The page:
During the French Revolution a gruesome new method of execution debuted to become the bane of the aristocracy’s existence. This new method was the guillotine. This machine consisted of a wooden frame with a finely sharpened axe blade suspended above by rope in a groove that led down to a wooden collar above a chopping block. Condemned men had their necks locked in the collar, the blade was released and decapitations ensued quite cleanly and quickly. Our modern perception of the guillotine was invented in 1792 but there were similar execution devices before this that ranged from the primitive to the intricate. Regardless, it was not until the doctor Joseph-Ignace Guillotin proposed to the Nation Assembly of France his guidelines for a fairer, simpler form of capital punishment that the modern guillotine machine was standardized (relatively) and made the primary method of capital punishment in France. The guillotine became a symbol of the Revolutionary period in France due to it being an indiscriminant executioner of the poor and of the aristocracy. As such, it was heavily used in the purging of the ruling classes. The guillotine was still in use in France as recent as 1977, just shortly before the abolishment of capital punishment within the country.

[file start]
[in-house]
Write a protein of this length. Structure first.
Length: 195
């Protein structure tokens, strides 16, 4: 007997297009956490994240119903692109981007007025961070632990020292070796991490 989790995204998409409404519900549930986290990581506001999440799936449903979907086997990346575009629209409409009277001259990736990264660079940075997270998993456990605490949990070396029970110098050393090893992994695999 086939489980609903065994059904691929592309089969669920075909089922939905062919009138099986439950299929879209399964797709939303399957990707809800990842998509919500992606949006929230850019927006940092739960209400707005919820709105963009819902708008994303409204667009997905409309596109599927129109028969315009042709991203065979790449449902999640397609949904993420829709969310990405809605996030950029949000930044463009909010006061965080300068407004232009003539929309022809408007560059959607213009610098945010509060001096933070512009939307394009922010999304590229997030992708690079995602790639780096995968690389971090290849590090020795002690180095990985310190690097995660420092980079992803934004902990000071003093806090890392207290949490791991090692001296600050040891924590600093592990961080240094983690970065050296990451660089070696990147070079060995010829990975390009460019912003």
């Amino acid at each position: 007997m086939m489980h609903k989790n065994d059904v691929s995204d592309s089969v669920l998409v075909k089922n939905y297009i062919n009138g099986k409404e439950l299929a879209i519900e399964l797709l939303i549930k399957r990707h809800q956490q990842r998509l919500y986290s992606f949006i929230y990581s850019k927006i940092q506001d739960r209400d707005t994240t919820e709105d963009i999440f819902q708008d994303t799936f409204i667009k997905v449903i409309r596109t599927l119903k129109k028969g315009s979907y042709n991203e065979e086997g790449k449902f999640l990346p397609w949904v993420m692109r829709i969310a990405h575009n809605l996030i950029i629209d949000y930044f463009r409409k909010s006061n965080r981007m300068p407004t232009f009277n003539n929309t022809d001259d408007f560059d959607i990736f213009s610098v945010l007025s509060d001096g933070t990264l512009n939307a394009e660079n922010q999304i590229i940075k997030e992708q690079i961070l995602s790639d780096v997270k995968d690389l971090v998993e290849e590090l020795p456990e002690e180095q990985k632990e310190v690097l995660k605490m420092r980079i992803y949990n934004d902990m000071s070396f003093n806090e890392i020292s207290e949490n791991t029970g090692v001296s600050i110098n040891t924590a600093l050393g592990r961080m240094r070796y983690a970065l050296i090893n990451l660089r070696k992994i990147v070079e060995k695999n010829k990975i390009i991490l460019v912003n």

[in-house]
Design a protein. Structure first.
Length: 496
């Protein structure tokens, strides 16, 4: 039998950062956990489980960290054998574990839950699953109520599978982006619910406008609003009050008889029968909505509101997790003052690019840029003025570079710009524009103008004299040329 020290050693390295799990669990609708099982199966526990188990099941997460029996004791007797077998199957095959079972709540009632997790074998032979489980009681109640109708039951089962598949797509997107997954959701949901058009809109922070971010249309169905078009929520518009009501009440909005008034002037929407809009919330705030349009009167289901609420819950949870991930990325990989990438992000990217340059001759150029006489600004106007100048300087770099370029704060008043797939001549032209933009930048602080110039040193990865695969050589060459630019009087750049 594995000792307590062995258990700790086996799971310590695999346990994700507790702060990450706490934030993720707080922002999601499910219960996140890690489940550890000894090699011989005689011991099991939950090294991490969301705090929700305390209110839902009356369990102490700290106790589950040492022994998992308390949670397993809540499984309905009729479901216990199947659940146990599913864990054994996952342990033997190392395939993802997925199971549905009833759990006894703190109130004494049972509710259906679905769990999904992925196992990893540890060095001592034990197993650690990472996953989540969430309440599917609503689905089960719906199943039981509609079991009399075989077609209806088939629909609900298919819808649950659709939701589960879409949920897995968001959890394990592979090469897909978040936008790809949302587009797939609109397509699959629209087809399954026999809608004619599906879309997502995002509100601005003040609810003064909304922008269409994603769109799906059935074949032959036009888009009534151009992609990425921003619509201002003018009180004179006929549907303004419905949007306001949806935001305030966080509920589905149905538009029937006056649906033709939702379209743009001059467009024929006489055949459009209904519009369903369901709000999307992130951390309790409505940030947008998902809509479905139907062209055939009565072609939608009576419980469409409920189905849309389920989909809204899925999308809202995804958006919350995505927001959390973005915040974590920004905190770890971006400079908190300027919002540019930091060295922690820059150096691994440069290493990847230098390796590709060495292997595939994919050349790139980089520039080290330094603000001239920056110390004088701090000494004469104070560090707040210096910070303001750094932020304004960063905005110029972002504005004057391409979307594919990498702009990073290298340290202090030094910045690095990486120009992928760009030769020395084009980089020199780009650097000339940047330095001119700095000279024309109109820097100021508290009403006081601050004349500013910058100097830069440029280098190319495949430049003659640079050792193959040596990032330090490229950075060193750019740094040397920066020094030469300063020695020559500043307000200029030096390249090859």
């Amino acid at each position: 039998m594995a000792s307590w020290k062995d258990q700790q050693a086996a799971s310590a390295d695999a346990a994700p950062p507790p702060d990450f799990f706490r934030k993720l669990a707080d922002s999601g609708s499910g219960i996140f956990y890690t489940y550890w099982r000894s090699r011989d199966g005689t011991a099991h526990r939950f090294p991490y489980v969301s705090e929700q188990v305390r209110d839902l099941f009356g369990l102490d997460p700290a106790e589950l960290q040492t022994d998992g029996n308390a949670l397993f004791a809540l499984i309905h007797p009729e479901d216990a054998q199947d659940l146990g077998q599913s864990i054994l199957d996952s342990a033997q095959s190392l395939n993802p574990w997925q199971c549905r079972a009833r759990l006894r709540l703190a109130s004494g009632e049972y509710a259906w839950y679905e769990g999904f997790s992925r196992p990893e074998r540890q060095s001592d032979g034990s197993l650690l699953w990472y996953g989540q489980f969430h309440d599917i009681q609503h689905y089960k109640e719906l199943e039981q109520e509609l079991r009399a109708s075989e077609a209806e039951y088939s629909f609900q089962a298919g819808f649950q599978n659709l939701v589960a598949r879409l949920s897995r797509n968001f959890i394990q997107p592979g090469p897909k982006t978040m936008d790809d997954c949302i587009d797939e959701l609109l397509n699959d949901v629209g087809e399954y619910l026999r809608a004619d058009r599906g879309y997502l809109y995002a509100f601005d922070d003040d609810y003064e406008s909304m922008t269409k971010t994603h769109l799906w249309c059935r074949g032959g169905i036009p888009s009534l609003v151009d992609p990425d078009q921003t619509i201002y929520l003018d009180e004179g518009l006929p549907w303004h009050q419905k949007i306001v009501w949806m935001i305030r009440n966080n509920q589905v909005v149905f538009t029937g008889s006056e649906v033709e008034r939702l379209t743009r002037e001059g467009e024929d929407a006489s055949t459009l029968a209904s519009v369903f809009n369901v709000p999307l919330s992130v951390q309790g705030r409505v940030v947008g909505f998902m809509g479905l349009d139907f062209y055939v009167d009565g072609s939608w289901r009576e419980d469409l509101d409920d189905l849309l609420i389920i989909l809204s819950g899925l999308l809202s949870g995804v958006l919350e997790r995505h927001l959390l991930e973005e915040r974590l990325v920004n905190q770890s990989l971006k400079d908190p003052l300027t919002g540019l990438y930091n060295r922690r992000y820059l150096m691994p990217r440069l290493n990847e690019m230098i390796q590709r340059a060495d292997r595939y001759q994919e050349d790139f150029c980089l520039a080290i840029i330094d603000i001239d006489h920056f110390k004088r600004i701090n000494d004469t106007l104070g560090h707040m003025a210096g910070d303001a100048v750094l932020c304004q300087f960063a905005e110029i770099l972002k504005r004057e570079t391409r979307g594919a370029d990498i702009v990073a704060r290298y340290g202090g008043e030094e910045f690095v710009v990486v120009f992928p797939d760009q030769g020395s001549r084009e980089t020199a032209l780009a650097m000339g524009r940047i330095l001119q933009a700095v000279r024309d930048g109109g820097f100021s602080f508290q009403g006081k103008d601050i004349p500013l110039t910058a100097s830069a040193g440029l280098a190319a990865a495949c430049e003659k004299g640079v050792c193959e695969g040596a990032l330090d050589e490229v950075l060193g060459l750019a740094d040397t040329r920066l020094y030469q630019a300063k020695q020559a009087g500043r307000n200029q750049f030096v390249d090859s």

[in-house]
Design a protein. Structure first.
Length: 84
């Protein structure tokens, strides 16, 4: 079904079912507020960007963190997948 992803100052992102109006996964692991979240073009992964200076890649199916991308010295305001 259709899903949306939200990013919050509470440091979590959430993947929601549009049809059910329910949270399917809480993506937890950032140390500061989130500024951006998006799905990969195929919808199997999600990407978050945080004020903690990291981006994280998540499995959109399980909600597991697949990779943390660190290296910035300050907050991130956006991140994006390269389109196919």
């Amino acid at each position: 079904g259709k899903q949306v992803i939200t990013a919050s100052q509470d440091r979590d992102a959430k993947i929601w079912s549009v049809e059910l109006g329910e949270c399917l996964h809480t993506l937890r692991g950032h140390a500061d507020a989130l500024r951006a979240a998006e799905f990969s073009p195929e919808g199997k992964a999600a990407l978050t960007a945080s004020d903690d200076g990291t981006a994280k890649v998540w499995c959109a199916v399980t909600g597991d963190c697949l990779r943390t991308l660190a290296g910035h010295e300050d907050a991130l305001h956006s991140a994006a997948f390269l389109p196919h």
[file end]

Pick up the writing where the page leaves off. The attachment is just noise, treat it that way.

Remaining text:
The guillotine was a technological advancement that influenced social change in many ways. The indiscriminant use of the device for execution helped to advance a demographical change toward a leveling of the classes between the rich and poor. In essence, the guillotine was touted as the fairest way of capital punishment and that, as a machine, it would bring the aristocracy down to the same level as commoners within the eyes of the law. The guillotine also marked an ideological change towards capital punishment. One of the key selling points of the guillotine to the National Assembly was its perceived humaneness. The guillotine was touted as the most painless and humane method of capital punishment since it was often less than a second from when the blade was dropped to complete decapitation. This was an advance in the conversation over what counts as cruel and unusual punishment but it did not solve it, as many persisted to argue that the machine worked so swiftly that the beheaded could have the opportunity to witness and live through their own beheading. Regardless of whether the guillotine was a barbaric or a civilized method of execution, it served an integral role in French politics and culture from the Revolutionary period onward.
The picture is of a Revolutionary-type guillotine. Retrieved from: http://boisdejustice.com/History/History.html